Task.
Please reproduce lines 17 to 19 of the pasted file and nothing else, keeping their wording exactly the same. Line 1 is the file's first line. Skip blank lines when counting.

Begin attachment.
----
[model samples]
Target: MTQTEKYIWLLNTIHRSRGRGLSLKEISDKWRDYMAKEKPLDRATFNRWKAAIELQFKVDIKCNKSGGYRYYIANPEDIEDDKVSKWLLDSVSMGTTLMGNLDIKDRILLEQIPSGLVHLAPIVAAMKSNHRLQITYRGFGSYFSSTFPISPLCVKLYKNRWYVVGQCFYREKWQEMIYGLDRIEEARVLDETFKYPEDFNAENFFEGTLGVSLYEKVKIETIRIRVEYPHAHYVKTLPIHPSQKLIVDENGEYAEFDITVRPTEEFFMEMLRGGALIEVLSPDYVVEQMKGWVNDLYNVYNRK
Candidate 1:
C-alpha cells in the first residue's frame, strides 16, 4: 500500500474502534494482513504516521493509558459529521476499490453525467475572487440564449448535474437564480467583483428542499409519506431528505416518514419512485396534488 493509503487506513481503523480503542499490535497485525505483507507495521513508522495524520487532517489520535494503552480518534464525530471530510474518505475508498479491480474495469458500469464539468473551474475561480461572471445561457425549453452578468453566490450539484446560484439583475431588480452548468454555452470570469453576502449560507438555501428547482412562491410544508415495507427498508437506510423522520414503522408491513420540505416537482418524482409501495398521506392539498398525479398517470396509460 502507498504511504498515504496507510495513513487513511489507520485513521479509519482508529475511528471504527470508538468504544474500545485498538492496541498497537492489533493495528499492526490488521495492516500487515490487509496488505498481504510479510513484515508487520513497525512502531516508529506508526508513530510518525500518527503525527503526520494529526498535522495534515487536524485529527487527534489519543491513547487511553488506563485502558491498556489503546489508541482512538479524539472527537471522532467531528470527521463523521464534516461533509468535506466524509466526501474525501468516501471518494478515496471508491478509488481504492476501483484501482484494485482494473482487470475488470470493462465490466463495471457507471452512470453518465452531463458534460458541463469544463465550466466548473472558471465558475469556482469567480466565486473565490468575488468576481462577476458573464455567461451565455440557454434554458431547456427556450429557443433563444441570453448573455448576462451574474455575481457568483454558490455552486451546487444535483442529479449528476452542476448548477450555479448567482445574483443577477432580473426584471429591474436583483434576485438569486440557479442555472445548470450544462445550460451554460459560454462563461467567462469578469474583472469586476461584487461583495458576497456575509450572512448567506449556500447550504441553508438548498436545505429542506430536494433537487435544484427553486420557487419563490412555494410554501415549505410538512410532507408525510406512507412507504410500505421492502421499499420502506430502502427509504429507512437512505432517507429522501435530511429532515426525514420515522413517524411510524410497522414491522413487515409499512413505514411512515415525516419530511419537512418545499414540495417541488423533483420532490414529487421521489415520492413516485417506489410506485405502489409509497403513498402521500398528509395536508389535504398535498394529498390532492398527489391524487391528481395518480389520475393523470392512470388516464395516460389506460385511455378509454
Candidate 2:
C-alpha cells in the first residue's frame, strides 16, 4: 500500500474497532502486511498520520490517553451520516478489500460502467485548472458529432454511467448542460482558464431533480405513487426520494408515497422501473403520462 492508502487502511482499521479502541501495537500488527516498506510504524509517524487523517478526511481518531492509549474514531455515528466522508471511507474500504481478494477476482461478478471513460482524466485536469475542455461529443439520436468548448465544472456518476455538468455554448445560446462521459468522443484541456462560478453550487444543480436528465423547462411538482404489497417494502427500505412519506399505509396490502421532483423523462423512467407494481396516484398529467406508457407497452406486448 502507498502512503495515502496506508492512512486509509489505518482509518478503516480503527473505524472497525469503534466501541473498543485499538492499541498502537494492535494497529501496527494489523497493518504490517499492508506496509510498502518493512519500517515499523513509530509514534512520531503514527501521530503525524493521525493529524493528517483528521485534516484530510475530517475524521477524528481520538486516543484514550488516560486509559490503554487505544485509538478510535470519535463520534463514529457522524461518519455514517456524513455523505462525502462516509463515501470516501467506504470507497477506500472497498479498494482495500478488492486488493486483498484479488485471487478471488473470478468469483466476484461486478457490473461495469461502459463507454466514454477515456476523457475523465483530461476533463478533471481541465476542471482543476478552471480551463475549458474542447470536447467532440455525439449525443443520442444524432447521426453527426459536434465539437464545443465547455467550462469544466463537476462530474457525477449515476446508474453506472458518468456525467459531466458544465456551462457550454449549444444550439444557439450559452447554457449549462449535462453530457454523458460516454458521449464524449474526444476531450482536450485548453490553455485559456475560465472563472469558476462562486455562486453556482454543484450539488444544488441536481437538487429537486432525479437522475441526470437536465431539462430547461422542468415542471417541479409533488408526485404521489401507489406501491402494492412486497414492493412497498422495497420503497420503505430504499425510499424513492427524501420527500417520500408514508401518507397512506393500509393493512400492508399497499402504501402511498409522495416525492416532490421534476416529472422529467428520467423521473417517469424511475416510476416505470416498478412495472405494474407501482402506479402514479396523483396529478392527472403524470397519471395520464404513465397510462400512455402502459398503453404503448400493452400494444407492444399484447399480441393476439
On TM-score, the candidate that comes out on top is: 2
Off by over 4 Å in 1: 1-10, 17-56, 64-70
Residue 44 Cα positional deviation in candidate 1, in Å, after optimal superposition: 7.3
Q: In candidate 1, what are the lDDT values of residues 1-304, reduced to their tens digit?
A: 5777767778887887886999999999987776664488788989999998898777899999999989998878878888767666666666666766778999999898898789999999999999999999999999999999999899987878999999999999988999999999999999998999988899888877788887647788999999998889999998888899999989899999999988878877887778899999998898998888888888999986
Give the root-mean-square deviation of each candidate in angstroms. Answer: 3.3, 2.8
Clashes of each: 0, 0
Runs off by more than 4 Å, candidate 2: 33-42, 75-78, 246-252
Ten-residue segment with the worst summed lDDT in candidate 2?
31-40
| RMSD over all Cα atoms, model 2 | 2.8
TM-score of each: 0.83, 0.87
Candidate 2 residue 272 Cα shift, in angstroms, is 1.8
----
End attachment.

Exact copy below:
| RMSD over all Cα atoms, model 2 | 2.8
TM-score of each: 0.83, 0.87
Candidate 2 residue 272 Cα shift, in angstroms, is 1.8